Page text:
Roman Copper Mining
It is known that copper recovery was well known to prehistoric man and to the ancient civilisations of the middle east.
Some of these ancient civilisations especially those of the Etruscans around the mountainous regions of Italy had by 800 BC also discovered Iron. In their sea faring trade, they eventually came up against the Romans.
Rome was exploring all around the Mediterranean for mineral wealth to support its growing empire. It has sacked the last Etruscan city by 400 BC and knew about Copper and Iron. By this time most weapons were being made of Iron and Copper and Bronze was being used for decoration.
After destroying the Phoenician city of Carthage the Romans came into possession of the Spanish Copper and Iron mines at Rio Tinto. The name Rio Tinto means coloured river. The water runoff from the mines coloured the rivers in the area. In much the same way as the rivers which run from Parys Mountain are coloured and are known in Welsh as Afon Goch which means red river.
The mine at Rio Tinto was still worked by the old method of fire setting. In addition, quicklime was forced into cracks in the rock and then wetted, the expansion causing the rocks to crack. What was once a mountain in the time of the Romans is still worked today. It is now a crater over 800 feet deep. In the walls one can see remnants of Roman tunnels and shafts. Water wheels with bronze axles were used to lift water. The wheels were driven by slaves on a treadmill. All his points to the Romans using there engineering skills to improve the efficiency of ore removal.
The surface ore at Rio Tinto was the green and blue oxide materials. However, the lower levels were the sulphide ores such as chalcopyrite. These ores were much harder and more difficult to smelt.
This is the world’s most important copper ore with about 80% of the world’s copper derived from this ore.
The Romans found a way of recovering copper from the chalcopyrite which was based on leaching rather than smelting. They collected the water that seeped through the mines. The copper saturated water was a deep blue and consisted of mainly copper sulphates. These made the water very acidic and the water was called Chalcanthus. This material was allowed to dry to make a solid copper sulphate light blue material called chalcanthite.
The Roman Empire had to expand to mine outside their boundaries to maintain their wealth. It is known that one of the reasons that Julius Caesar invaded Britain was to take control of the Tin deposits in Cornwall.
The evidence for Roman copper mining at Parys mountain is based on the existence of two bun shaped copper cakes, now in the British Museum. They were found near the Trysglwyn farm on the mountain. The cakes weighed between 25 and 30 pounds and one was stamped. IVFS.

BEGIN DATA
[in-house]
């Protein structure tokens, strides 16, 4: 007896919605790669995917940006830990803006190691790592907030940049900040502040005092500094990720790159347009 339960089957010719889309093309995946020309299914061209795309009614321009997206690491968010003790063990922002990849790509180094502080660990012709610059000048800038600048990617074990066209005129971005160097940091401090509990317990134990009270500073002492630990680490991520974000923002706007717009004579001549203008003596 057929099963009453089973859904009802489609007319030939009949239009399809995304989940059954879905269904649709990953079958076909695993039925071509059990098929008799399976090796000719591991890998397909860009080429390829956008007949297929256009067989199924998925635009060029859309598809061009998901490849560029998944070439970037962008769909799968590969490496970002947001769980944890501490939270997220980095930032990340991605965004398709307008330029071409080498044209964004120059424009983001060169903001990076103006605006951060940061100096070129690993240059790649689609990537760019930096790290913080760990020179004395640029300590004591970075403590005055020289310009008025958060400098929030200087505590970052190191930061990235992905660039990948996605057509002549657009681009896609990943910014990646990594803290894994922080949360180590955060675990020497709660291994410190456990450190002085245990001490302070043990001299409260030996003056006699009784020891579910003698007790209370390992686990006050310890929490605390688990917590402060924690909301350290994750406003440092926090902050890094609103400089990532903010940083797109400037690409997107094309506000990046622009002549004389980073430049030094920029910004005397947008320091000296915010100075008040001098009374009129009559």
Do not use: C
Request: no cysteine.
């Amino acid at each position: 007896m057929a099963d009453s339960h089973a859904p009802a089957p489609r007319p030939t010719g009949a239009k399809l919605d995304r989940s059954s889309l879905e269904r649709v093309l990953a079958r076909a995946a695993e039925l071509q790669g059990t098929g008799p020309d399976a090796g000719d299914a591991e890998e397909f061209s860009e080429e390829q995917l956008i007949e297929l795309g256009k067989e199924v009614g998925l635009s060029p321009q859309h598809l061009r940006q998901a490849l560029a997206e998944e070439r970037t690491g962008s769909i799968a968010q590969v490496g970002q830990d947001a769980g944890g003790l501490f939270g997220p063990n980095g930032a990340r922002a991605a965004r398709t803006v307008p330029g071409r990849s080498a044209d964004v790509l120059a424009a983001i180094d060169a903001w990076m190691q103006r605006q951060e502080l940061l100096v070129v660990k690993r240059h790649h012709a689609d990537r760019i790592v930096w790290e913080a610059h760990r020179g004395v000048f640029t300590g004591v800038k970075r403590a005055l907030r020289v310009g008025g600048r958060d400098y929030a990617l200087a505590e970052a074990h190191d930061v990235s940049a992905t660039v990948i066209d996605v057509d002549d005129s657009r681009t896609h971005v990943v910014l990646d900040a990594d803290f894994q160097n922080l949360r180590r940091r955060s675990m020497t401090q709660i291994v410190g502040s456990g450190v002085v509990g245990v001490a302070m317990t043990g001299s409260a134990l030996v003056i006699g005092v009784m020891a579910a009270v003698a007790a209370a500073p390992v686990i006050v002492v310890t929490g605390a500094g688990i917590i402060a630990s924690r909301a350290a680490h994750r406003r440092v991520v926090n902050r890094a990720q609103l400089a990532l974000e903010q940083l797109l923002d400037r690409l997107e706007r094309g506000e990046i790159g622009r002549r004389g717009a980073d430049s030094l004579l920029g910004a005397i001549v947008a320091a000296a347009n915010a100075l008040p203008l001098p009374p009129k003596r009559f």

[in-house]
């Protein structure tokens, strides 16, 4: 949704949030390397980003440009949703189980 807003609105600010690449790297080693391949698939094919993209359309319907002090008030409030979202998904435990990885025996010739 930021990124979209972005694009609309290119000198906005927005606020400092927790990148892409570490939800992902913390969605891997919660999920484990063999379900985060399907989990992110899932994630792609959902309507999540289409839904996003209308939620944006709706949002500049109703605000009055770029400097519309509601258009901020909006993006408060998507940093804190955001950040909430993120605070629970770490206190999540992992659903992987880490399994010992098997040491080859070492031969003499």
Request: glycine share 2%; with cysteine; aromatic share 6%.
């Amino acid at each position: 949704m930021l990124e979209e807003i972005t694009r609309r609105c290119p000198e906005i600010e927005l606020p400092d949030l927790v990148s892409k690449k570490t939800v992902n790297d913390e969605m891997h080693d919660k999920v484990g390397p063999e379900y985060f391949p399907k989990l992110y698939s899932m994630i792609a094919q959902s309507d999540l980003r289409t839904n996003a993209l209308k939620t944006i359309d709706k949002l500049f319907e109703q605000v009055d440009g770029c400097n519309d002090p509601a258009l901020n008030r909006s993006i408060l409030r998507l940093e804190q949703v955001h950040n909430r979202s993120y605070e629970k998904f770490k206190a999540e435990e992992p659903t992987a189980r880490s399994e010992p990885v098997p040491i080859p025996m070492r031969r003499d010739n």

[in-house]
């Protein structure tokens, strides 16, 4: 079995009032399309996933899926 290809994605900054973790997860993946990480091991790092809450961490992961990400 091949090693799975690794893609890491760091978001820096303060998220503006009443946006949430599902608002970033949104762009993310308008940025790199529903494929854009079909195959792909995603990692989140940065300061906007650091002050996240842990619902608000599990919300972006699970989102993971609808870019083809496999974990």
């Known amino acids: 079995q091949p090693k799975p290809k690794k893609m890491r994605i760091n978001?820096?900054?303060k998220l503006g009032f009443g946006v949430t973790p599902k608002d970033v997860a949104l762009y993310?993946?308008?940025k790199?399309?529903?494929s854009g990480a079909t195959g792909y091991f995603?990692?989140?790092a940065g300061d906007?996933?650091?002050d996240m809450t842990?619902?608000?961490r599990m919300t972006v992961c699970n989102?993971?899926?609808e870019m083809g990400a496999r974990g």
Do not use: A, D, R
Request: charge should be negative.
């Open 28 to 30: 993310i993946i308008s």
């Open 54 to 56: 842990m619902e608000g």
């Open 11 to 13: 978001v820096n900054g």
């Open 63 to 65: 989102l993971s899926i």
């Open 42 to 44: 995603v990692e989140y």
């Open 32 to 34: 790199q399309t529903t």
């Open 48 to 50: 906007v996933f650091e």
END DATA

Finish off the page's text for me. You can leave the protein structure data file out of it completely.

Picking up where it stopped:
This copper cake found at Mynydd Parys is 12.5 inches in diameter and weighs 32 pounds.
Up to 18 such cakes have been found on Anglesey some weighting up to 42lb. Smaller segments have also been found. One was found in 1945 near Tregele. The whole piece would have been around 12 inches in diameter and weighed about 40 pounds.
Another piece was found near LLanbedr Goch in 1971. From the piece it could be seen that it had been collected in a round bottom bowl after the smelting process. The fragment also showed signs of it being broken by hammer and chisel just after it was cast.
Most of the copper ingots found in the county have been un broken. At least 8 of the 18 bear Roman stamps. These include three found at Rhosgoch and two found on Parys mountain.
It is thought that the ingots were being manufactured at Parys mountain for export to other areas of Britain. There have been some attempts to correlate the positions of the ingot finds with some of the early Romano British hut settlements on the island. However, other than the Ty Mawr site at Holyhead, little evidence of copper work has been found at the hut sites. Evidence of Iron working has been found. It is hence thought that the natives of the island took little part in the working of the copper once it was extracted from the mine.
It is thought that the Roman fortlet at Caer Gybi (Holyhead) was built in the 4th century partially to protect the mineral reserves of parys mountain.
No copper ingots have been found at the other copper mine of the Roman period which was situated on the Great Orme.
The mining of copper at Parys mountain stopped when the Romans left Britain. By this time all the easily won ore at Rio Tinto was also at an end. It was left for others in the middle ages to discover methods of efficiently removing copper from the sulphide ores.